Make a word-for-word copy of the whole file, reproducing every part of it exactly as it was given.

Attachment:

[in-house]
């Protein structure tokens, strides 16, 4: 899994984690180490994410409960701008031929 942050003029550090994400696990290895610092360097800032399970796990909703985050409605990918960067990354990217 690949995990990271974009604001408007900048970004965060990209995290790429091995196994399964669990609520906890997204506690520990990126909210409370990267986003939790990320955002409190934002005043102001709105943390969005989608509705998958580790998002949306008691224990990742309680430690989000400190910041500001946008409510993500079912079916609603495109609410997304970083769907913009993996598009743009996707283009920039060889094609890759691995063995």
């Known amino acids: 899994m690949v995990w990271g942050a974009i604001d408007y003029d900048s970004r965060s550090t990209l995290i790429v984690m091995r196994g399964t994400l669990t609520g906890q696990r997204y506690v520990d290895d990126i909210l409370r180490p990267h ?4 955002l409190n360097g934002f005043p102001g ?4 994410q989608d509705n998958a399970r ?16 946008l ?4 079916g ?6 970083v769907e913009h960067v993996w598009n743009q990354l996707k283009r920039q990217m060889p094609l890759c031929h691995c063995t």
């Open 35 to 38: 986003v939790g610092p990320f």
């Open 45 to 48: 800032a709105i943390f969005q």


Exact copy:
[in-house]
């Protein structure tokens, strides 16, 4: 899994984690180490994410409960701008031929 942050003029550090994400696990290895610092360097800032399970796990909703985050409605990918960067990354990217 690949995990990271974009604001408007900048970004965060990209995290790429091995196994399964669990609520906890997204506690520990990126909210409370990267986003939790990320955002409190934002005043102001709105943390969005989608509705998958580790998002949306008691224990990742309680430690989000400190910041500001946008409510993500079912079916609603495109609410997304970083769907913009993996598009743009996707283009920039060889094609890759691995063995």
């Known amino acids: 899994m690949v995990w990271g942050a974009i604001d408007y003029d900048s970004r965060s550090t990209l995290i790429v984690m091995r196994g399964t994400l669990t609520g906890q696990r997204y506690v520990d290895d990126i909210l409370r180490p990267h ?4 955002l409190n360097g934002f005043p102001g ?4 994410q989608d509705n998958a399970r ?16 946008l ?4 079916g ?6 970083v769907e913009h960067v993996w598009n743009q990354l996707k283009r920039q990217m060889p094609l890759c031929h691995c063995t």
């Open 35 to 38: 986003v939790g610092p990320f």
């Open 45 to 48: 800032a709105i943390f969005q």